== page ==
I have installed Apache web server on my local linux machine.

Now, I followed the steps described here to do port forwarding.. I wanted my localhost to be accessible from outer web too.

Now, I am using D-Link DIR-605L router. and here's what I have done.

I have entered public port as 10000 and private port as 80. and entered the IP address as my machine's IP adddress.

Now from my machine (where I have installed the apache server), when I do

Router's Public IP Address:10000

It takes me to my homepage on webserver(localhost). But when I do it from a device that is not connected to my wifi, it says Web Page Not available.

Also, later I changed private port to 800, and in that case when I did

Router's Public IP Address:10000

it still worked. Now my questions are

  • The public port is that the people will use when accessing my webserver, and private port is the one where my localhost is listening. Now apache is always listening at 80 (by default). So when I change my private port to 800, how does <Router's Public IP Address>:10000 still work?
  • What do I do to make it work for everyone?

I am using DHCP server, not static IP.



Right now I have public port and private port both as 80. And still it is the same. I can access the localhost from the systems in the same network but not from an external system.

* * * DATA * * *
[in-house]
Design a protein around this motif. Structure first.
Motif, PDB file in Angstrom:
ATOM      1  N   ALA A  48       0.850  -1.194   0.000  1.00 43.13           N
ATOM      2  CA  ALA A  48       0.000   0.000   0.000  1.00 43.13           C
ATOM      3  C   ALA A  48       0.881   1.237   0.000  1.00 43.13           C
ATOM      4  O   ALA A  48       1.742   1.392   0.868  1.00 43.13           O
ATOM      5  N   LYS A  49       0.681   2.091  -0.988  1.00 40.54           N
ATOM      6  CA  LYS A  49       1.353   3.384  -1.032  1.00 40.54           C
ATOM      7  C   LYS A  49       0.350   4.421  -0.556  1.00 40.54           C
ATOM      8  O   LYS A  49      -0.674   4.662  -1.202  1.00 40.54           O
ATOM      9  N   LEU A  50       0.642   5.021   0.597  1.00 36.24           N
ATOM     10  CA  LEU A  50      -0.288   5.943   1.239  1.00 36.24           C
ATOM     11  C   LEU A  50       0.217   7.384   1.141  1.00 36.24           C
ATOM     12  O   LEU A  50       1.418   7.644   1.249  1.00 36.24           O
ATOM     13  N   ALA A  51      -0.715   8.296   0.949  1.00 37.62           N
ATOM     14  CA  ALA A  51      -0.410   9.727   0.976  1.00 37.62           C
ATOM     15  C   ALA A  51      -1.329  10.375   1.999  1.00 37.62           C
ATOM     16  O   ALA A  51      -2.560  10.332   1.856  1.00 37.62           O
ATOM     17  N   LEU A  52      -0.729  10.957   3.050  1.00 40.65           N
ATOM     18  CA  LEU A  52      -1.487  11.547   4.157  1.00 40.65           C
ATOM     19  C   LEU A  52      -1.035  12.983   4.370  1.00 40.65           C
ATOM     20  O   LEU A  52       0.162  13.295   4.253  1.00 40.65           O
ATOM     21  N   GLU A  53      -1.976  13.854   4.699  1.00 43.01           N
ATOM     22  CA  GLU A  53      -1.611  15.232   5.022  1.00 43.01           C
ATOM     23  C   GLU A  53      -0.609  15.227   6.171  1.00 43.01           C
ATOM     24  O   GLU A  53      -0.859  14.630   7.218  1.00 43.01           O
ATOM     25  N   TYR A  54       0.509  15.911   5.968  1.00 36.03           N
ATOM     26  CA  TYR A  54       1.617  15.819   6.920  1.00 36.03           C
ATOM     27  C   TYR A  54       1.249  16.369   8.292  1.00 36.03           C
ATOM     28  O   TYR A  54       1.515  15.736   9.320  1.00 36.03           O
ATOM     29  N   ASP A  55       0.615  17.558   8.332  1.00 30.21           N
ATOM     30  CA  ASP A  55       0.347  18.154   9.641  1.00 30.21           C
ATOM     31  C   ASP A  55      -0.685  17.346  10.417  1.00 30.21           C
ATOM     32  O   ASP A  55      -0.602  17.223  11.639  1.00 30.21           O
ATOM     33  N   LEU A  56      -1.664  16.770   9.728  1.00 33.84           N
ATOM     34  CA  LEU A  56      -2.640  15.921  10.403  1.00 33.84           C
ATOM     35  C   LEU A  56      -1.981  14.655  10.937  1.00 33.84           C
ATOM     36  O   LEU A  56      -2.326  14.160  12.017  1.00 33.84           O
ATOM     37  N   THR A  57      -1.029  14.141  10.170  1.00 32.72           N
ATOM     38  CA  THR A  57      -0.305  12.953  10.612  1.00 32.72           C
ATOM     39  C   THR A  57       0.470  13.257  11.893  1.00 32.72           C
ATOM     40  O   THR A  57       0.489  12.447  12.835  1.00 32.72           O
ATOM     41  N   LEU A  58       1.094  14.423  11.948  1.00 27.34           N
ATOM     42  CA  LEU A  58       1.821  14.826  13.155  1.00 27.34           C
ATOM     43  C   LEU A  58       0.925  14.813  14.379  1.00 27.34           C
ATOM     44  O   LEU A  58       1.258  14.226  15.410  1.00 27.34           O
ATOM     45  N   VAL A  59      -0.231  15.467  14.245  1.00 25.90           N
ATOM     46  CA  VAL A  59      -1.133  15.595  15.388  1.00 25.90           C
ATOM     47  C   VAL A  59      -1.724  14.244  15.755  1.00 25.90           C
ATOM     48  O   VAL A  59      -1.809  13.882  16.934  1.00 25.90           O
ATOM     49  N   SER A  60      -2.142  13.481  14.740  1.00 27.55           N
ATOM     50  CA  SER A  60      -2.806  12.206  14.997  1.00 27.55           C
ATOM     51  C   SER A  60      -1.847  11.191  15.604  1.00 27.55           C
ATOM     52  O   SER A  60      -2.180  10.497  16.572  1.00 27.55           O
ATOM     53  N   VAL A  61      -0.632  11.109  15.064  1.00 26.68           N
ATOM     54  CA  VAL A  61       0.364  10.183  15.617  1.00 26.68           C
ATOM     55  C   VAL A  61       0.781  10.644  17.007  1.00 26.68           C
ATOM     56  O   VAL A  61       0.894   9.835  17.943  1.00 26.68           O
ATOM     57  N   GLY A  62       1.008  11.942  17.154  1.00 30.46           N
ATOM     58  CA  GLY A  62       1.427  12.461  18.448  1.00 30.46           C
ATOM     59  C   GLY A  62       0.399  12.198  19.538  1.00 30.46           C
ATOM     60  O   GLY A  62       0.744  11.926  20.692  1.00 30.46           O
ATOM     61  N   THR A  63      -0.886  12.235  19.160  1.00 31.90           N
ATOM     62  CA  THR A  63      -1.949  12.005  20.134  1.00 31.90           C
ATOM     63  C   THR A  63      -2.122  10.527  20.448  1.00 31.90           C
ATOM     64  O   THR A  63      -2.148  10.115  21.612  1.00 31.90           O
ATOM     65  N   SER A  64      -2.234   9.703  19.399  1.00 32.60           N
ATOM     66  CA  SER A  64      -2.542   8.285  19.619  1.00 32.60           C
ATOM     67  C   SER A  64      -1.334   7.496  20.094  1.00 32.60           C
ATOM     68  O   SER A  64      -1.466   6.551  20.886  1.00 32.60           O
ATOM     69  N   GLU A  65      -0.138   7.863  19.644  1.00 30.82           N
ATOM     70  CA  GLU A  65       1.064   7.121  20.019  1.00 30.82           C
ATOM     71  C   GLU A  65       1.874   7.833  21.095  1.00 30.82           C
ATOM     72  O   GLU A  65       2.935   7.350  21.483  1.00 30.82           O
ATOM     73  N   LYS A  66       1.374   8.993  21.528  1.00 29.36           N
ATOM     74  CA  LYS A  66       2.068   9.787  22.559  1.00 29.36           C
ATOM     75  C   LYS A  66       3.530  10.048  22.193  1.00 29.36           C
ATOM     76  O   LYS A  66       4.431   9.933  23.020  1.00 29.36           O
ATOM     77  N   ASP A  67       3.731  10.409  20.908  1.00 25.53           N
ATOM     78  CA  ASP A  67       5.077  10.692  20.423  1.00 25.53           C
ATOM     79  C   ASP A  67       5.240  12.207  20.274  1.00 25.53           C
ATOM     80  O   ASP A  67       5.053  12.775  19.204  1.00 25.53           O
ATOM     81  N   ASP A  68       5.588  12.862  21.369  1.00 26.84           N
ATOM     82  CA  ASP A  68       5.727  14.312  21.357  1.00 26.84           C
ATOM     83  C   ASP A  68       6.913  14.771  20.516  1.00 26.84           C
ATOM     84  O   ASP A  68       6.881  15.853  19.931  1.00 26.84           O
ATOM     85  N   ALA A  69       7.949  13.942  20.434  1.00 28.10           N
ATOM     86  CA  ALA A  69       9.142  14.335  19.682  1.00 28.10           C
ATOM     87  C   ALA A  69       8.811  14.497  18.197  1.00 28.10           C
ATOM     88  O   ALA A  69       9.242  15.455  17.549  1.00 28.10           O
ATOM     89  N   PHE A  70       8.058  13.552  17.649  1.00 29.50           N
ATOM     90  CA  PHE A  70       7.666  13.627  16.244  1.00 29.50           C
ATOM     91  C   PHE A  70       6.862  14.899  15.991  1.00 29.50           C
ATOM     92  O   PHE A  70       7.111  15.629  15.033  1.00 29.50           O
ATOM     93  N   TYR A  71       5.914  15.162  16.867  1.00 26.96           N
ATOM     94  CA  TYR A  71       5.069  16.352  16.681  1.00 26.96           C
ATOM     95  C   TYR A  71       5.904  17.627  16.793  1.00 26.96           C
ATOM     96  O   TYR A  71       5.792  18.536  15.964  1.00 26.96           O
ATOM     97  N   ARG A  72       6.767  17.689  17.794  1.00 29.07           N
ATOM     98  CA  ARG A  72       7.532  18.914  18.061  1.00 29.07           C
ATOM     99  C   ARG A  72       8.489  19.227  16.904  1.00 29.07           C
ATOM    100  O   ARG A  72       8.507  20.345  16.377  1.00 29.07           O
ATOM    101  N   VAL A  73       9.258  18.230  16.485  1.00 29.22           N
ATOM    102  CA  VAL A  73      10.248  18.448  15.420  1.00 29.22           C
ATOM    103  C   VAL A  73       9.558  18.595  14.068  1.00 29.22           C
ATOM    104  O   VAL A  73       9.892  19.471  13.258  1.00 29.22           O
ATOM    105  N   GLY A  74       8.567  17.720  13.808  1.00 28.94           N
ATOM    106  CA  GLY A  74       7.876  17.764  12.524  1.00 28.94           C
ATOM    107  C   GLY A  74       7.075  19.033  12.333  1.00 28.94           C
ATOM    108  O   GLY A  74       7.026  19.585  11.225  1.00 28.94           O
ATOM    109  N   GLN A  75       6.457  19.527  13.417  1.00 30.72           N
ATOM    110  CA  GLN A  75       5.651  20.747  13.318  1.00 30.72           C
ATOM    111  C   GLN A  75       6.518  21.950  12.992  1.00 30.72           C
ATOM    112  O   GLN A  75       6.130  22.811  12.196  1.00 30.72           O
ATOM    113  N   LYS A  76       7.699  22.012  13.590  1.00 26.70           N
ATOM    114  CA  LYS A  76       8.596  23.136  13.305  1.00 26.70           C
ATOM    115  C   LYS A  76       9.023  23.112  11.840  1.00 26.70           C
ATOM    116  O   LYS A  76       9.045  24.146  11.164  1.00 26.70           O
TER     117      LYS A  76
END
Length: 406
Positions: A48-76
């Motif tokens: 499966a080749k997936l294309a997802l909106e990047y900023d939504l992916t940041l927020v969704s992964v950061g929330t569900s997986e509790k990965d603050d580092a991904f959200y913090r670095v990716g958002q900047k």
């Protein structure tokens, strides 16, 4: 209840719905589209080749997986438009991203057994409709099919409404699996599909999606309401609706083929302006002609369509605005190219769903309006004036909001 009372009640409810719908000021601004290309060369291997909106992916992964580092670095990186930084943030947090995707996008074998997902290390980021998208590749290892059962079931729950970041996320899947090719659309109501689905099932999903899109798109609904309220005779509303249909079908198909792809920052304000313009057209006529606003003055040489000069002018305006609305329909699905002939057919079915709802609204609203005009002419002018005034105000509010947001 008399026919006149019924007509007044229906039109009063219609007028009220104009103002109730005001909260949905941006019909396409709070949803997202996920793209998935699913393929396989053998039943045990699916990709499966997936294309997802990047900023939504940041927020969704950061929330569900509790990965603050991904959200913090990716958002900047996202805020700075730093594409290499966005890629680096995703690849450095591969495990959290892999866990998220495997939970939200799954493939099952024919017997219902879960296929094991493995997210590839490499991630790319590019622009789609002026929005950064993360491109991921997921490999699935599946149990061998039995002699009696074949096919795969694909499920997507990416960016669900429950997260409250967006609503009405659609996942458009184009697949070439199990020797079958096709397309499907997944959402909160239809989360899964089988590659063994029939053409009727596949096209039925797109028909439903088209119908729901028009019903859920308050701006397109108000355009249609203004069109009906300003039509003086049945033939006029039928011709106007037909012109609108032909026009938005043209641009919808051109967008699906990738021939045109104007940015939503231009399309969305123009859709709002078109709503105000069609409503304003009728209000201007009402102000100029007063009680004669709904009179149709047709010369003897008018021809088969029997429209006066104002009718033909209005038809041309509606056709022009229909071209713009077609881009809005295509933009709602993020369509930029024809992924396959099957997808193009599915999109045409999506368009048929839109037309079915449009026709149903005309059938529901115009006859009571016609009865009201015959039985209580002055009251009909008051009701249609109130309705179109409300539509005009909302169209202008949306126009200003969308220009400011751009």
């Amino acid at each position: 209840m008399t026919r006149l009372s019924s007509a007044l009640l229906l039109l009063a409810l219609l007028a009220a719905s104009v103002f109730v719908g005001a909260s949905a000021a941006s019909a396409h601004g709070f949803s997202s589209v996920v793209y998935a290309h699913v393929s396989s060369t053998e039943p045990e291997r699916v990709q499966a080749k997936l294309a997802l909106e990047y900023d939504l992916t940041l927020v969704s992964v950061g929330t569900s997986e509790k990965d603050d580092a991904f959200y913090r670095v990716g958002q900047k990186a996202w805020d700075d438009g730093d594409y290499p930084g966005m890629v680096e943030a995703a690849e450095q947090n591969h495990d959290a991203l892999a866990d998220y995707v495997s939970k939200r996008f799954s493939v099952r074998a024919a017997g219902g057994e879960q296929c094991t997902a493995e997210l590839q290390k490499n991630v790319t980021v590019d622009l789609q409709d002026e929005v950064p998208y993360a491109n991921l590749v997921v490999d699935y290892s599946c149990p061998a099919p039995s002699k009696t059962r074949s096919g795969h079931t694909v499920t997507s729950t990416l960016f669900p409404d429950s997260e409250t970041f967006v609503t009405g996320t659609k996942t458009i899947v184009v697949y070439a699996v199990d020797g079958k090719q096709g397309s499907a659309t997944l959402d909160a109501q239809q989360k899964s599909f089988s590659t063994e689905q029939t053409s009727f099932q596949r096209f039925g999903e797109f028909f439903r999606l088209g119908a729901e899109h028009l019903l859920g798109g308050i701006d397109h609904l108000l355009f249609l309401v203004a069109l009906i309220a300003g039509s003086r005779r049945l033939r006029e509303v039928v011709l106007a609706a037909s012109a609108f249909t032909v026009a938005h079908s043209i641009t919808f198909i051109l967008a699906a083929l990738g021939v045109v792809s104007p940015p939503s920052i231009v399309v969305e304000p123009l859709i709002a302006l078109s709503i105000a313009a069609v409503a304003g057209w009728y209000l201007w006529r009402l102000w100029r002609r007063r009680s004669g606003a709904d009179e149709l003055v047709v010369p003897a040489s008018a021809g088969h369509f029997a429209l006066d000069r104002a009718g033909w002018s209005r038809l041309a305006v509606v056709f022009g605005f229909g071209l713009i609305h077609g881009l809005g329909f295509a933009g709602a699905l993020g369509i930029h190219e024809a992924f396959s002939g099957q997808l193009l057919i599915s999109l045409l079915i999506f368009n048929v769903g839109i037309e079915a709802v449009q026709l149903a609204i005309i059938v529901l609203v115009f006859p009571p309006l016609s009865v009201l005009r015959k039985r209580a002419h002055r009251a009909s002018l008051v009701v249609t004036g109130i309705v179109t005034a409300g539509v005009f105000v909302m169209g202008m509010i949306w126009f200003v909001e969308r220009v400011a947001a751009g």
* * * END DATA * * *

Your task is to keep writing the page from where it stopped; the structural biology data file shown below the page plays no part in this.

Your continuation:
canyouseeme.org says that Error: I could not see your service on on port (80) Reason: Connection timed out

  • Can you hit your webserver from another machine on the internal network using the internal IP? Try both 80 and 800.
    – TTT
    Aug 7, 2014 at 18:55
  • @TTT Yeah, if I type 192.168.*.***:80 then I can connect it from another system on the same network.
    – Kraken
    Aug 7, 2014 at 18:57
  • @TTT Right now I have public and private port, both as 80.
    – Kraken
    Aug 7, 2014 at 18:58
  • @TTT canyouseeme.org says that Error: I could not see your service on on port (80) Reason: Connection timed out
    – Kraken
    Aug 7, 2014 at 19:01
  • Your router may be behind ISP NAT. What IP do you see as WAN IP when you goto the routers WAN settings?
    – Tutul
    Aug 8, 2014 at 3:16

1 Answer 1


Easier than using port forwarding is to put your PC IP in the DMZ, ie, outside the router firewall. You can also set the router to lease always the same IP to your computer, based on MAC address. Then you can use a service like NoIP or freedns.afraid.org to get a static hostname to your IP. But... if you are using a home connection (cable modem, DSL...) the operator will probably block incoming traffic - that is, you are behind the operator's NAT and you cannot configure port forwarding or DMZ in the operator's routers. Simply consider that your router is connected to another router, that is connected to another...

  • Oh, and port 80 (or any below 1024) is for sure blocked by the operator - as that is a service they sell as 'dedicated link'. Aug 7, 2014 at 19:08
  • but I did use port 10000 initially. It did not work.
    – Kraken
    Aug 7, 2014 at 19:09
  • but I can leave the private port as 80 right?
    – Kraken
    Aug 7, 2014 at 19:10
  • I've put my IP in DMZ, but it still does not work.
    – Kraken
    Aug 7, 2014 at 19:27
  • putting a machine in a DMZ just for web is a terrible idea. This leaves the machine vulnerable to all kinds of bad things.
    – Keltari
    Feb 29, 2016 at 19:06

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